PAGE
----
I just got through watching the University of Texas pull off a startling upset of USC in the Rose Bowl to win the college football national championship. The cool part was seeing Todd Harris on the sidelines of the game reporting for ABC. I met Todd several years ago when he was working for ESPN2 covering, of all things, the Magic World Championships. I was playing in that event. My how far we've all come through the years.
Speaking of years, we've just started a new one—one that will include four fantabulous new Magic releases: Guildpact and Dissension round out the lovely Ravnica block, Coldsnap will take us all back to Kjeldor and Balduvia for a quick visit, and then this year's big set (“Snap”) will show up and blow everyone away. Guildpact previews start in earnest next week, so this week I'm going to reflect on some decisions I made while working on last year's four sets and try to make some resolutions on how I can get better at my own job this year.
Set 1: Betrayers of Kamigawa
Resolution: Do not stop paying attention to a set after it is out of my realm of responsibility.
I wasn't on any of the design or development teams for the Kamigawa sets; instead, I was mainly just a playtester. Betrayers, for all the good that is in it, will always be remembered for this mistake that is Umezawa's Jitte.
If you've been playing close attention to how we make cards and where we've run into trouble before, it should have been obvious that Jitte had issues. It was in a theme deck, for crying out loud, where it didn't belong for several reasons, the least of which being that it could easily overpower every other card in every other theme deck in the block. What happened?
Playtesting of the card was virtually nil—after all, it had different text on it when testing Betrayers was a priority. It couldn't use its counters to kill creatures and instead had a different, far less powerful, ability that just didn't fit when it came to typeset the card. So some remnants of the development team made the change that gave it the devastating -1/-1 ability, and playtesting of that card didn't occur.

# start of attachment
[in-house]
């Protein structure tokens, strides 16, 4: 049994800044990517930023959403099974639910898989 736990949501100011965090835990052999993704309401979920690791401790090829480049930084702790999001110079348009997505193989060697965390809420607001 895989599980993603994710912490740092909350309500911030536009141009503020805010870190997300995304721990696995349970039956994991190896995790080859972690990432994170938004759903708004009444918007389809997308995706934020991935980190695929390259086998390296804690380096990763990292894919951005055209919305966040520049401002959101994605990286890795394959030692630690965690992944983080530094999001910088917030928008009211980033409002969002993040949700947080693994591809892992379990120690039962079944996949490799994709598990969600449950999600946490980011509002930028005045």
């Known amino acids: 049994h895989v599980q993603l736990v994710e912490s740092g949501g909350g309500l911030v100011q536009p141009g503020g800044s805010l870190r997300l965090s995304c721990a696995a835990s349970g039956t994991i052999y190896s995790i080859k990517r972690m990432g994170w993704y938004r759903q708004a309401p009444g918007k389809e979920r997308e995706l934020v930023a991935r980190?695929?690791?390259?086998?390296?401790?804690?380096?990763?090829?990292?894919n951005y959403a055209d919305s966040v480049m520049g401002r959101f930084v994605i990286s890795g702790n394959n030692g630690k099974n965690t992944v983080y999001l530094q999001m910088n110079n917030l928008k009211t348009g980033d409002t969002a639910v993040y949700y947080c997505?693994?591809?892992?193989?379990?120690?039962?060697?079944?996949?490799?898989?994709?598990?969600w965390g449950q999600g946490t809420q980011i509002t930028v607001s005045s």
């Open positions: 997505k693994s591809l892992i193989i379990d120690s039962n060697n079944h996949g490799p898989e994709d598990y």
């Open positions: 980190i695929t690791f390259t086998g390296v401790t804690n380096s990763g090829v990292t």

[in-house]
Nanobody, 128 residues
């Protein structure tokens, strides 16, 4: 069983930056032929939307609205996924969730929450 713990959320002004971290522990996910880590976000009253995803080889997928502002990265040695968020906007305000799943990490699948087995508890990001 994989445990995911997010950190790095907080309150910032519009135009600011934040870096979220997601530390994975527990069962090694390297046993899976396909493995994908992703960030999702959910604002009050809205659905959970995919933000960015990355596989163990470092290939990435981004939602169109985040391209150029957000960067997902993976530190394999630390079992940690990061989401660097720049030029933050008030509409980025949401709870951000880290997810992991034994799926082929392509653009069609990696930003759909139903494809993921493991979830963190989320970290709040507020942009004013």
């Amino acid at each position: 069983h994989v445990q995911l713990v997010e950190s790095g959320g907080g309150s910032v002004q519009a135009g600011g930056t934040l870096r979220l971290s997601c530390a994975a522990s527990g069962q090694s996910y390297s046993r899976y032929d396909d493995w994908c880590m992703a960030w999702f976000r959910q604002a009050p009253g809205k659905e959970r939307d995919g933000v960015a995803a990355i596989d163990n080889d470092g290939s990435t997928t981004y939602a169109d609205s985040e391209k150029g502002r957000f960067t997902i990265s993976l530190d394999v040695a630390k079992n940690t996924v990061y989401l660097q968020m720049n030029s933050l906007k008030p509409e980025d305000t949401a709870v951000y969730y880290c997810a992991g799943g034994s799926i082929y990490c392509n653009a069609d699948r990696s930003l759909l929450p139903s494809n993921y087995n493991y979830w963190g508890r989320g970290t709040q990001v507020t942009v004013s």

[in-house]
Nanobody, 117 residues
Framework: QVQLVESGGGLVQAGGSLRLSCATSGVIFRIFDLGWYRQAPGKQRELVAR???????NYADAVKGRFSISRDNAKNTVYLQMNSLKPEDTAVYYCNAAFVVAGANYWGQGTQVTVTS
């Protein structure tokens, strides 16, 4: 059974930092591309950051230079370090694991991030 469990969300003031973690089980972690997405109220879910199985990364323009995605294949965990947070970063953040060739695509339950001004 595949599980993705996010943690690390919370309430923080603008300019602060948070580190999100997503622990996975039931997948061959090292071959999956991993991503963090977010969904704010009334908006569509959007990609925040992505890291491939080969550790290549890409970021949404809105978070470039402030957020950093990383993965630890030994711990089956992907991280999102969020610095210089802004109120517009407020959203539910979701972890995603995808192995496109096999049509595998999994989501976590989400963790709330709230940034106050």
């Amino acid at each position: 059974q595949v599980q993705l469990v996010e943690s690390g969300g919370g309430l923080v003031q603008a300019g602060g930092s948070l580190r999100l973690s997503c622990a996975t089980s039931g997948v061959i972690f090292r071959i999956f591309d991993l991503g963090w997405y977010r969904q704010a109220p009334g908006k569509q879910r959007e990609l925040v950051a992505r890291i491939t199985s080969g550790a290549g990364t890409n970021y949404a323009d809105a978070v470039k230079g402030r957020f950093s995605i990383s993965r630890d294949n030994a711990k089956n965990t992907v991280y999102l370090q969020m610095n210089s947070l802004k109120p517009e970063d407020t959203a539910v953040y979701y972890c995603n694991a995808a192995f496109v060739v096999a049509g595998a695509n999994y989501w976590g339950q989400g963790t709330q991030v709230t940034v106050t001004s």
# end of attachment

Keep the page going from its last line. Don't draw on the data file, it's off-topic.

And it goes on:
It would be easy to say, “Well, I did my job and then someone else changed it later,” but the truth is that we should all have each others' backs and always be checking up on what's happening with our cards throughout the entire process. I'm sure all my coworkers agree and have redoubled their own efforts in the months since.
I'd like to think there are no Jittes in Ravnica block.
Set 2: Saviors of Kamigawa
Resolution: Don't always force the cute answer.
This one isn't a big deal, but a nice little lesson for me in any event. While I was reading through the card file for Saviors a while back, I came across Sasaya, Orochi Ascendant—one of the rare legendary flip creatures that become enchantments. When flipped, it became a kind of Coat of Arms for lands, and its flip condition (at the time) was, “T: Reveal your hand. If you have seven or more land cards in your hand, CARDNAME.”
I thought it was cool, but that maybe it could be a hair cooler. So I posted, “AF 7/10: Does this guy need 'T' in his activation? Seems neat to just reveal my hand in the middle of combat or whatever...” Other developers agreed with me, and the tap was removed, making “Reveal your hand” the activation cost. Harmless enough.
Of course, after the card had gone to press, either an editor, an online rules guru, or rules manager Mark Gottlieb noticed that this created a problem. You reveal your hand as the cost, then you put your hand back “hidden” once the ability is on the stack. Before the ability resolves, you could theoretically alter the contents of your hand, by cycling, being forced to discard, activating a card like Scroll Rack, or whatever. Then, when the ability resolves, your hand is hidden but the ability needs to check if you have seven lands in it. Hmmm. The problem was that the card needed to know how many lands were in your hand on resolution, at which point your hand was hidden information again. Sounds trivial, but this game needs rock-solid rules to work right.
Had I left well enough alone, the card would have worked just like its predecessors, such as Scent of Cinder and Nightshade Seer. Instead, it either needed errata or the comprehensive rules had to be tweaked. Gottlieb opted for the latter, and it was a very minor tweak indeed. (The most relevant bit is in the glossary under “Reveal”: “If the cost to play a spell or ability includes revealing a card, the card remains revealed from the time the spell or ability is announced until it leaves the stack.”)
On top of all that, with the new activation, you sometimes randomly show your opponent your hand on Magic Online when you think you're choosing a blocker. Heh. Like I said, not that big a deal, but it goes to show how one little uninformed whim can create extra work and headaches for lots of other people. I now try to do a bit more research into the rules before I propose bizarre solutions.